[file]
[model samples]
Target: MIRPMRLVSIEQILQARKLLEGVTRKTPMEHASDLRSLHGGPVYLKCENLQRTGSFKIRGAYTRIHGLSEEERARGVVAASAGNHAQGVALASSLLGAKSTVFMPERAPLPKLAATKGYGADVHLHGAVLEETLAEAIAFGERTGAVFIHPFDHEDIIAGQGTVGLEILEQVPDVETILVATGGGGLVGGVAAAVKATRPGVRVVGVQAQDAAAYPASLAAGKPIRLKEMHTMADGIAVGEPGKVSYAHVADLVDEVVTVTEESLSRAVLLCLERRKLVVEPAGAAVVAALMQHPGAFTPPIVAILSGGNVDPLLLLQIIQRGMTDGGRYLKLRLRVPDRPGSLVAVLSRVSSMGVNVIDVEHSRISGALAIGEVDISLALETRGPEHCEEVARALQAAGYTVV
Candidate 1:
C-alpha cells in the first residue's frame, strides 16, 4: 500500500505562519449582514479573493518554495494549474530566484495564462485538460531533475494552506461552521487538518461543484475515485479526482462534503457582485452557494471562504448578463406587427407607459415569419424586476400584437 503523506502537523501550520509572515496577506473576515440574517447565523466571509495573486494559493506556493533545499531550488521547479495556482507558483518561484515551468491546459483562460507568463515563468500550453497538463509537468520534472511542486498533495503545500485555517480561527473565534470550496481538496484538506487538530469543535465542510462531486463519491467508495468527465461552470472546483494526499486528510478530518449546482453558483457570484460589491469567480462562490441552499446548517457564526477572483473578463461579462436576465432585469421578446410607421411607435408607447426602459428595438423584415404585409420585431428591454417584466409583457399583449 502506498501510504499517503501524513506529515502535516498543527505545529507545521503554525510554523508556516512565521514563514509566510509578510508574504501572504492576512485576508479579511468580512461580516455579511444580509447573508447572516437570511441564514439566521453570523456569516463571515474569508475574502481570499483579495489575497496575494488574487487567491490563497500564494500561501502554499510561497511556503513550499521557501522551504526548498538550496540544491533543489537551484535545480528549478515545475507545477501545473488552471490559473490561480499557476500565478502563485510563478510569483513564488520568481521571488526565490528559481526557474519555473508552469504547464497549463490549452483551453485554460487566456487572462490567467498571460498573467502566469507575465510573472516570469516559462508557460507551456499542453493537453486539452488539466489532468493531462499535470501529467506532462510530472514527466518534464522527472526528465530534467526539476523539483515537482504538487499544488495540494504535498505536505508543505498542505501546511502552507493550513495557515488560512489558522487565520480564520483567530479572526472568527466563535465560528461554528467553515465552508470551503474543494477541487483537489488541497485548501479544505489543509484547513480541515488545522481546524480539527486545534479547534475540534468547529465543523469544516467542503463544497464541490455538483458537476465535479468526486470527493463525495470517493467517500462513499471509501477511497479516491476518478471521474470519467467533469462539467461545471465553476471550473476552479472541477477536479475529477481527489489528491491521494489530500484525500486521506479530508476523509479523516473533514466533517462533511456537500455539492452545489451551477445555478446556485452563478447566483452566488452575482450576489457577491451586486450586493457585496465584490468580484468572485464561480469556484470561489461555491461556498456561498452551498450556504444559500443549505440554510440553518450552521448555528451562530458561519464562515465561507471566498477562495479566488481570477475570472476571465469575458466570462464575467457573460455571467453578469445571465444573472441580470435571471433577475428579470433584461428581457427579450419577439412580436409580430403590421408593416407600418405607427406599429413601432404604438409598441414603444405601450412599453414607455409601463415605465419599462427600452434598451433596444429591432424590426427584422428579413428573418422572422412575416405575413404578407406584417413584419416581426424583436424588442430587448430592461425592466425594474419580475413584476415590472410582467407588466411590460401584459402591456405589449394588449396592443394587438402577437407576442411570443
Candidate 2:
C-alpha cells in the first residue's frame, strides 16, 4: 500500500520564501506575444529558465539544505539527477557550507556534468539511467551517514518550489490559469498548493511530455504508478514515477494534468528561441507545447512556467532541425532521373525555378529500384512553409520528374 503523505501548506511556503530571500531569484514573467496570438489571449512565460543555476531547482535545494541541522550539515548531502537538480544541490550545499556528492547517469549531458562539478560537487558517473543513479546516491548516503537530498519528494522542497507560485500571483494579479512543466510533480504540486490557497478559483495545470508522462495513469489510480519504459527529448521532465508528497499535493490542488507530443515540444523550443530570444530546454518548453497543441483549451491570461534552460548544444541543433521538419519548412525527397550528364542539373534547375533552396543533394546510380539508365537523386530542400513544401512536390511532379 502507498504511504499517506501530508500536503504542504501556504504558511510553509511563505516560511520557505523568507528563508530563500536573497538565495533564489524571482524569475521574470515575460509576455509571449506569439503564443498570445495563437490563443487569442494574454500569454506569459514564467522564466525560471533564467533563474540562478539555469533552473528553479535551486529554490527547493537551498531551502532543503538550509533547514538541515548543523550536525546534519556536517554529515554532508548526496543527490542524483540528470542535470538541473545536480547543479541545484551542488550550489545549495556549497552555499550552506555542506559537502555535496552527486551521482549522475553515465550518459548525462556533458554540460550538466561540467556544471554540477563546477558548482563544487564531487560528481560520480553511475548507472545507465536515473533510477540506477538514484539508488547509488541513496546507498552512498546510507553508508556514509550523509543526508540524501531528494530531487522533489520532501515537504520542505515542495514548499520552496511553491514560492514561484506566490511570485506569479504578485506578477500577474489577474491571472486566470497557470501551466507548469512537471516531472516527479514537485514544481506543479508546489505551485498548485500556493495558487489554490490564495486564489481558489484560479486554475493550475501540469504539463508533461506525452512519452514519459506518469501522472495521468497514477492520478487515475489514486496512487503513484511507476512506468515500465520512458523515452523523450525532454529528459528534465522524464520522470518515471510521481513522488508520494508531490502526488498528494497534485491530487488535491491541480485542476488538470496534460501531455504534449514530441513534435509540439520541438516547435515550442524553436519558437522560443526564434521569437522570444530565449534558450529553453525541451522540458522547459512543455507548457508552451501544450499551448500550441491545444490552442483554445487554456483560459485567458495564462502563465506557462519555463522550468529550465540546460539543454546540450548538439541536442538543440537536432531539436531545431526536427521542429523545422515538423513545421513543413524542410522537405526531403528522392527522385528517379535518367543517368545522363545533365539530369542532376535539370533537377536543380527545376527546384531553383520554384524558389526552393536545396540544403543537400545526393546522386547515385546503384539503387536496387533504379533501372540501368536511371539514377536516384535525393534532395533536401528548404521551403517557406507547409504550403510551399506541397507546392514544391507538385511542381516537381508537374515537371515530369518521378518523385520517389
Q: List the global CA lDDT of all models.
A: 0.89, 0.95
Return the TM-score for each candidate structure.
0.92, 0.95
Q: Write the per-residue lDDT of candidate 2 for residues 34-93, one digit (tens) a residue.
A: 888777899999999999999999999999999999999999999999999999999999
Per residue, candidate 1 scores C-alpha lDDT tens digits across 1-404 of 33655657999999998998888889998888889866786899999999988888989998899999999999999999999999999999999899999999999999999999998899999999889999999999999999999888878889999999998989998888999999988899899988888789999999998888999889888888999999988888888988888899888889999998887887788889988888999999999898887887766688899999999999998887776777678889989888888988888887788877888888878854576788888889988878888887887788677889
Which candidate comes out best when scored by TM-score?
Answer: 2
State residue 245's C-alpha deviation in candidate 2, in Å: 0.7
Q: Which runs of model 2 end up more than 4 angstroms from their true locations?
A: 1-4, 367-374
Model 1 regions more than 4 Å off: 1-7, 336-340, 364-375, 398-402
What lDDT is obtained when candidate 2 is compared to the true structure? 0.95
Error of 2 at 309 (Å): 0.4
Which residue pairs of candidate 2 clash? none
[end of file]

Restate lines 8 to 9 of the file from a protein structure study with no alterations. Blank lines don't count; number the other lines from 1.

A: 0.89, 0.95
Return the TM-score for each candidate structure.